PRINT September 2012

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Caroline A. Jones on Jack Burnham’s “Systems Esthetics”

Page from Artforum 7, no. 1  (September 1968). Jack Burnham, “Systems Esthetics.” Pictured: Dan Flavin, Pink and Gold, 1967. 
 Click here for Jack Burnham, “Systems Esthetics,” September 1968

A BRIEF METEOR, Jack Burnham blazed forth in September 1968 declaring “Systems Esthetics” to be the preeminent mode of contemporary artmaking. How could this sculpture teacher from the Midwest have gotten it so right? In the ensuing decades, what Burnham called “systems” came to define some of the most significant cultural developments of our time, even if this genealogy has been obscured. Undeclared as such, systems thinking now suffuses the art world as we know it. Consider: The work of such different artists as Olafur Eliasson, Andrea Fraser, Damien Hirst, Seth Price, and Tino Sehgal, as well as platforms such as Triple Canopy, would be hard to understand without recourse to some concept of art as a disparate, sprawling, yet rule-bound system within which artists must strategically acknowledge dealers, viewers, performers, participants, buyers, fabricators, curators, programmers, institutions, infrastructures, the environment, magazines such as Artforum, algorithms, and other constellations around and within the ever more expansive work of art.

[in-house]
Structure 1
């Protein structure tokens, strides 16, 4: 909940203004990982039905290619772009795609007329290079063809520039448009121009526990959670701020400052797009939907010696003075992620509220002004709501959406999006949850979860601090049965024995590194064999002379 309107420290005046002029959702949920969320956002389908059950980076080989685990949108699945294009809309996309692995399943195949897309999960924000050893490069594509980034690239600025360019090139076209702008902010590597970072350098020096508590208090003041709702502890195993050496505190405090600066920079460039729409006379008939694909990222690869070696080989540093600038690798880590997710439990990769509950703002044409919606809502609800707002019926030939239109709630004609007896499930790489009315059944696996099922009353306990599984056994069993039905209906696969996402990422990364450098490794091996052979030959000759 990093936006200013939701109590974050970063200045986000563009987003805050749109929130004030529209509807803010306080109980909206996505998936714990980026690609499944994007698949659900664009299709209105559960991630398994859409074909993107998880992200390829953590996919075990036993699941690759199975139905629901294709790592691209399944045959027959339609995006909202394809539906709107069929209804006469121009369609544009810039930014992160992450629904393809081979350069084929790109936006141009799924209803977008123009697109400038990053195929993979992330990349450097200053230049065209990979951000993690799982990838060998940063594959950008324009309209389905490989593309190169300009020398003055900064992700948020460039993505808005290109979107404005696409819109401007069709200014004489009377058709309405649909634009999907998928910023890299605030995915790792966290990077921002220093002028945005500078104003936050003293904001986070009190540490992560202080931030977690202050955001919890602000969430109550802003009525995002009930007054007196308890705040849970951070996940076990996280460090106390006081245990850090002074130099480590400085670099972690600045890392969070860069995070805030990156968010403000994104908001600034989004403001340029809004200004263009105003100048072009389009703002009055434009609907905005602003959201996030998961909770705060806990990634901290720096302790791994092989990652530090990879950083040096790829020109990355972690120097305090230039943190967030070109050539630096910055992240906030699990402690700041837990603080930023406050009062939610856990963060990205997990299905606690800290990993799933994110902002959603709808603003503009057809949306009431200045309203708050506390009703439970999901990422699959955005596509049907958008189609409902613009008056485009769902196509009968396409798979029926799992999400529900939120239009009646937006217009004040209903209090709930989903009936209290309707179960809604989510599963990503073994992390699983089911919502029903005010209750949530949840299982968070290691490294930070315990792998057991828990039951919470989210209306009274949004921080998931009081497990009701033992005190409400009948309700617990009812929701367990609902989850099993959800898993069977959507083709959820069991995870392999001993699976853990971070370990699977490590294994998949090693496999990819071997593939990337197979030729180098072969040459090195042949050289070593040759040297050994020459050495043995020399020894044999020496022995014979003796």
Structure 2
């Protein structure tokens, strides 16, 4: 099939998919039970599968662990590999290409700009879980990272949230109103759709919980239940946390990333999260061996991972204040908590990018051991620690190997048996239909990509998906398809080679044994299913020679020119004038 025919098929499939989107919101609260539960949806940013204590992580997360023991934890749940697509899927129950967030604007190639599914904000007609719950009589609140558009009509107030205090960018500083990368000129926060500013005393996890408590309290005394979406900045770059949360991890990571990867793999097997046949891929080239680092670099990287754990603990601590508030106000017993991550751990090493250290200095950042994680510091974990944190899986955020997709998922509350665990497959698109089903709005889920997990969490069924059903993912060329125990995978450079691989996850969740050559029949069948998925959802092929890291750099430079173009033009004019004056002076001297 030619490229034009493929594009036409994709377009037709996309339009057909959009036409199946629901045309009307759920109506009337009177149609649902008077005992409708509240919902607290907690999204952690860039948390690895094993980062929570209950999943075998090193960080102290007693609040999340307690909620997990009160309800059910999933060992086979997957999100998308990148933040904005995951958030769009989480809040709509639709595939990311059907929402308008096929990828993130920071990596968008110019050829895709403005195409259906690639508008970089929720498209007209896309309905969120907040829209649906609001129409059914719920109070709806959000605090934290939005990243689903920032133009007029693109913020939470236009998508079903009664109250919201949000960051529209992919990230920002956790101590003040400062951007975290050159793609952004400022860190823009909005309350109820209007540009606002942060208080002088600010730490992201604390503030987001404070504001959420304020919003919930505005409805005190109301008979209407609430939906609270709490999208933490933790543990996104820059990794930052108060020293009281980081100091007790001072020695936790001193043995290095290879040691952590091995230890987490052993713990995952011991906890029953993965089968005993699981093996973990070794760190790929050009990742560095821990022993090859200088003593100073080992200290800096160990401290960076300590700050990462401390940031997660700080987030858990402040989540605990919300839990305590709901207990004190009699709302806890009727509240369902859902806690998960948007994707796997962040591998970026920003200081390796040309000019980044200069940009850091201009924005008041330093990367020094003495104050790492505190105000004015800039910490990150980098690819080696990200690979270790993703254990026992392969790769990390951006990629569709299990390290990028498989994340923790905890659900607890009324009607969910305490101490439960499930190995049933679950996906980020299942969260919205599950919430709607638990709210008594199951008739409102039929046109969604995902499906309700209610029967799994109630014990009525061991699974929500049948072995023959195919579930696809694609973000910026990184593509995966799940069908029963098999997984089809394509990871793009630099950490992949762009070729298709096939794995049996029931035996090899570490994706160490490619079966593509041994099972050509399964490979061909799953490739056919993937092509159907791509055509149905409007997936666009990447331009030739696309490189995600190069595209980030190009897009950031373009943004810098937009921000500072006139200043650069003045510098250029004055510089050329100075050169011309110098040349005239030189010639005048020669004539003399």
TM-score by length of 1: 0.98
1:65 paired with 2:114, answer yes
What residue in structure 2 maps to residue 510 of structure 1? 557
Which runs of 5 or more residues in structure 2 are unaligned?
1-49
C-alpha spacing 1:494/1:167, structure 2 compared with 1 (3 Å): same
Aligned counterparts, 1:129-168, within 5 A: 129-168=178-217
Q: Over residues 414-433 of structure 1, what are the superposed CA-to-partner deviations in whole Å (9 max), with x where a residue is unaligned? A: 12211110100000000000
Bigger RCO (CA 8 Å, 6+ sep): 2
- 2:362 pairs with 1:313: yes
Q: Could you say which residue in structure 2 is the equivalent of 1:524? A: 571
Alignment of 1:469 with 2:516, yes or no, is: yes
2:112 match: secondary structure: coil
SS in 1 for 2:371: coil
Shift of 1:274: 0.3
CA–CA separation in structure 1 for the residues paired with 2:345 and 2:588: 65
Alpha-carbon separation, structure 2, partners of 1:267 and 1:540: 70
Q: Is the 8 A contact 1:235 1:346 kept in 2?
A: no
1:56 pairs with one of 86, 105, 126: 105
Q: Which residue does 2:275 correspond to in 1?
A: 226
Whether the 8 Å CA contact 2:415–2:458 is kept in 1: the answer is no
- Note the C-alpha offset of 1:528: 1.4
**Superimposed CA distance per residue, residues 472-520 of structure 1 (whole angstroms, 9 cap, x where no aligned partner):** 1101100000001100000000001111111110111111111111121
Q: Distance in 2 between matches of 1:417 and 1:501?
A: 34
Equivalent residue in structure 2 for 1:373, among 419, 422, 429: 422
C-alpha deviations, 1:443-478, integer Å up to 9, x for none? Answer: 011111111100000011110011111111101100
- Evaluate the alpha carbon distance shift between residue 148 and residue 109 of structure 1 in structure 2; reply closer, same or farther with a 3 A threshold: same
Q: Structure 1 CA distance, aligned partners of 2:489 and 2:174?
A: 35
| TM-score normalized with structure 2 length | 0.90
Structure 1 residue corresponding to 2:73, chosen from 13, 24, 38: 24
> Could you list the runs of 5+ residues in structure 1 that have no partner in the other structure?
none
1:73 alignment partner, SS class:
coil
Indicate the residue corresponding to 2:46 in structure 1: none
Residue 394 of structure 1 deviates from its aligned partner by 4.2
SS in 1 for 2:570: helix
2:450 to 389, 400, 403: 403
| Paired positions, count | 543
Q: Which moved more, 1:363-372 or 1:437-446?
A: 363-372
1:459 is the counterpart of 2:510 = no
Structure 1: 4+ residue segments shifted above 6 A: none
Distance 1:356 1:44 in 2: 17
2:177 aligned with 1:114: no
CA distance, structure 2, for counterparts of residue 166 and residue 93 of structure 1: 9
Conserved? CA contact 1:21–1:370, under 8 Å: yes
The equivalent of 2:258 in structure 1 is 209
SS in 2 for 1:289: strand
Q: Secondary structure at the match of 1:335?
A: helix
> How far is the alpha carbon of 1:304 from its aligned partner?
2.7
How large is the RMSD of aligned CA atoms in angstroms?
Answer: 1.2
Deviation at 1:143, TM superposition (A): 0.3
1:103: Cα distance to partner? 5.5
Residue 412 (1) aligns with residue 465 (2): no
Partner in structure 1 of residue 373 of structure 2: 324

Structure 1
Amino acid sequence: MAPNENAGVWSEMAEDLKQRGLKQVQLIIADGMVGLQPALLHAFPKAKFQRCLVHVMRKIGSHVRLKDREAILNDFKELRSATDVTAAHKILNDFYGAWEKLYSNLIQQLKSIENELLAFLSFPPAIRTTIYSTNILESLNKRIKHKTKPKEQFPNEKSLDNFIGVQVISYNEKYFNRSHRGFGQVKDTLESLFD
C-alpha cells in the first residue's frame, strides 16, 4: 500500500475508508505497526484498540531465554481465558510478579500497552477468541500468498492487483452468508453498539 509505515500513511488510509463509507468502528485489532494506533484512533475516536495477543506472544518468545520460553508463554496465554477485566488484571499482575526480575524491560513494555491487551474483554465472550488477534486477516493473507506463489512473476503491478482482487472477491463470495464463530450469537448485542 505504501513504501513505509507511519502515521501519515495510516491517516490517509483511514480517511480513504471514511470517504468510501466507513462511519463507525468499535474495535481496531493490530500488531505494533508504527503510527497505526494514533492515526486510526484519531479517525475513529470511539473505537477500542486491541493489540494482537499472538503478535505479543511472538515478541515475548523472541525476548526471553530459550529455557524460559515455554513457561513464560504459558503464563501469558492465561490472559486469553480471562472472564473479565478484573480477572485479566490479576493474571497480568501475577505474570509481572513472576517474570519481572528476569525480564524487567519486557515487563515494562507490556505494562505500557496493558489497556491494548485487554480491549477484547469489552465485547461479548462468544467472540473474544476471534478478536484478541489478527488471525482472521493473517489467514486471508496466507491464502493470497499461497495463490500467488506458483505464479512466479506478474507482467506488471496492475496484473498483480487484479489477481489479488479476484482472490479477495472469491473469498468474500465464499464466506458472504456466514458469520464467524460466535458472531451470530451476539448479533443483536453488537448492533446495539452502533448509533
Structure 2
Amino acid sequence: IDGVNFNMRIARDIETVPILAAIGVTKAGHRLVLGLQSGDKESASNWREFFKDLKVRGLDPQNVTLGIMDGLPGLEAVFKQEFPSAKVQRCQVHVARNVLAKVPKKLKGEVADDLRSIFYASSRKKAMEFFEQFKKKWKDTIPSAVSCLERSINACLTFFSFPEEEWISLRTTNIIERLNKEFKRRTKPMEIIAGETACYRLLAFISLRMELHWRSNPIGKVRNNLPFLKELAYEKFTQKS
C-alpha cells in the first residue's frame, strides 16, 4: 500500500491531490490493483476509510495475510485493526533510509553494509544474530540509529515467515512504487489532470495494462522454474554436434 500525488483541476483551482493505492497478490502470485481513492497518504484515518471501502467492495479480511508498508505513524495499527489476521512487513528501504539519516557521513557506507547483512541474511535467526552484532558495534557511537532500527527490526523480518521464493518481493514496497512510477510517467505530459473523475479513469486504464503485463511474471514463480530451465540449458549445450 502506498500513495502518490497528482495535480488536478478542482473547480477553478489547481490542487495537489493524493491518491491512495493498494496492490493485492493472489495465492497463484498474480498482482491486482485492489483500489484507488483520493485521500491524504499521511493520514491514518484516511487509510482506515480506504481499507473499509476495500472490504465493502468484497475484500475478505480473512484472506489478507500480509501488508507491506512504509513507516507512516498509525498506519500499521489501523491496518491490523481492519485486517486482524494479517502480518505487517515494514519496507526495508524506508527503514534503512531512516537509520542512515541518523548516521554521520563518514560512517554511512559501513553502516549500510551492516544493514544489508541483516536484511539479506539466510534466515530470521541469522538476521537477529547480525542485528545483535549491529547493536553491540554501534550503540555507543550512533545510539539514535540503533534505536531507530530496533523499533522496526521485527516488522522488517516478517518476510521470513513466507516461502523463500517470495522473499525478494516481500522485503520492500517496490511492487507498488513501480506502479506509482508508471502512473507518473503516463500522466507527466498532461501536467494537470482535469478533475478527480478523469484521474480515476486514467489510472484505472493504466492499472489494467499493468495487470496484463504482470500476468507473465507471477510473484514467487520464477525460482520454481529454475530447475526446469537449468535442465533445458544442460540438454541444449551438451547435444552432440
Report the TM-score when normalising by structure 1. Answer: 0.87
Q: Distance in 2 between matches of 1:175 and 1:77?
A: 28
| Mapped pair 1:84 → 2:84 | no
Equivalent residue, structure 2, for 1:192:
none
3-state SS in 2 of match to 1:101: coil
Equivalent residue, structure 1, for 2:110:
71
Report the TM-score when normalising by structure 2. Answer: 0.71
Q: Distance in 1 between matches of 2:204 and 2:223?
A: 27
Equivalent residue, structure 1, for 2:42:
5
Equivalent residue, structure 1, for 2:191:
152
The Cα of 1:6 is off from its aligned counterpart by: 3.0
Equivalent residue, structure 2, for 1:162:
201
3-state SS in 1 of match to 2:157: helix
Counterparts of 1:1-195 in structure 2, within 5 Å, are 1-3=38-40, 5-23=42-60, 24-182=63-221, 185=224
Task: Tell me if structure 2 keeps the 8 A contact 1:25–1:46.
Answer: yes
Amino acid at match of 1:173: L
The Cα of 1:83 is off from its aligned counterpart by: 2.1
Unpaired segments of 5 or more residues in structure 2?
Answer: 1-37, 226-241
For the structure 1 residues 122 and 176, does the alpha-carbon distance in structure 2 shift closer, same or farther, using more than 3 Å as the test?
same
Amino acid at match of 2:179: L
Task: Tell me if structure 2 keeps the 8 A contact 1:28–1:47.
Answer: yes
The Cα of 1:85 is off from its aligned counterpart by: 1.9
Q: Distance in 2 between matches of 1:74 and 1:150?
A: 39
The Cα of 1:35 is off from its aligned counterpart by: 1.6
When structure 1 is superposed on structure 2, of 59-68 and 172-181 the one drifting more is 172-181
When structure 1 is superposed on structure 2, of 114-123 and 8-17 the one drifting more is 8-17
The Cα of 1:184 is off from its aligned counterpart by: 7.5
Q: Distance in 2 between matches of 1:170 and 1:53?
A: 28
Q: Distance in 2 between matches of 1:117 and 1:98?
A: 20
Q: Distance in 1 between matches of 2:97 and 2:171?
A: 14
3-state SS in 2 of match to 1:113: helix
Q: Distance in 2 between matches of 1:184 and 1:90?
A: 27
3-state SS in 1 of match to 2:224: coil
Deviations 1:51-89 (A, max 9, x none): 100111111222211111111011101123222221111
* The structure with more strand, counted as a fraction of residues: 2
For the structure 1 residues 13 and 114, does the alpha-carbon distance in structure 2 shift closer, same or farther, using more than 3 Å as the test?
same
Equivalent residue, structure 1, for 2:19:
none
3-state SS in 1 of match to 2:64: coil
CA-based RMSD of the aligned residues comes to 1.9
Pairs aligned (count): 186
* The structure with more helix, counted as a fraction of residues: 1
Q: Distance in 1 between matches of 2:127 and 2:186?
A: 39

Burnham called it. And Artforum, under editor John Coplans, continued to push it, with Lawrence Alloway’s “Network: The Art World Described as a System” appearing in 1972. But Burnham’s thesis has become unaccountably obscure. One factor was the revulsion that soon confronted the very term systems and the source of its discourse—Burnham’s first footnote refers to the Rand Corporation’s 1964 publication Analysis for Military Decisions, and the obvious entanglement of systems theory with the military-industrial complex was a fatal attribute in the eyes of his largely leftist audience during the Vietnam era. By 1980, Burnham himself was unwilling to continue plumping for this unlikely constellation of war games and process art, castigating his early techno-utopianism as a “panacea that failed.”¹ But the ultimate answer may be that systems didn’t fail: They simply wormed their way into the art world like a weakened virus. Contemporaneity is built on Burnham-like “systems”; their code laces our cultural genome. Exploring the evolution from Burnham’s vision of a “systems esthetics” at the core of art-world discourse to our current reality of systemic practices not only opens up alternative historical perspectives on the intervening decades but suggests a fresh view of much contemporary art. The systems virus is still here—but it has mutated from Burnham’s engineering and industrial setups into the social and electronic protocols that govern our world. Burnham bemoaned that the systems esthetic “has no critical vocabulary so necessary for its defense”; what we got instead was a critical vocabulary utterly defended from its own sources in systems thinking.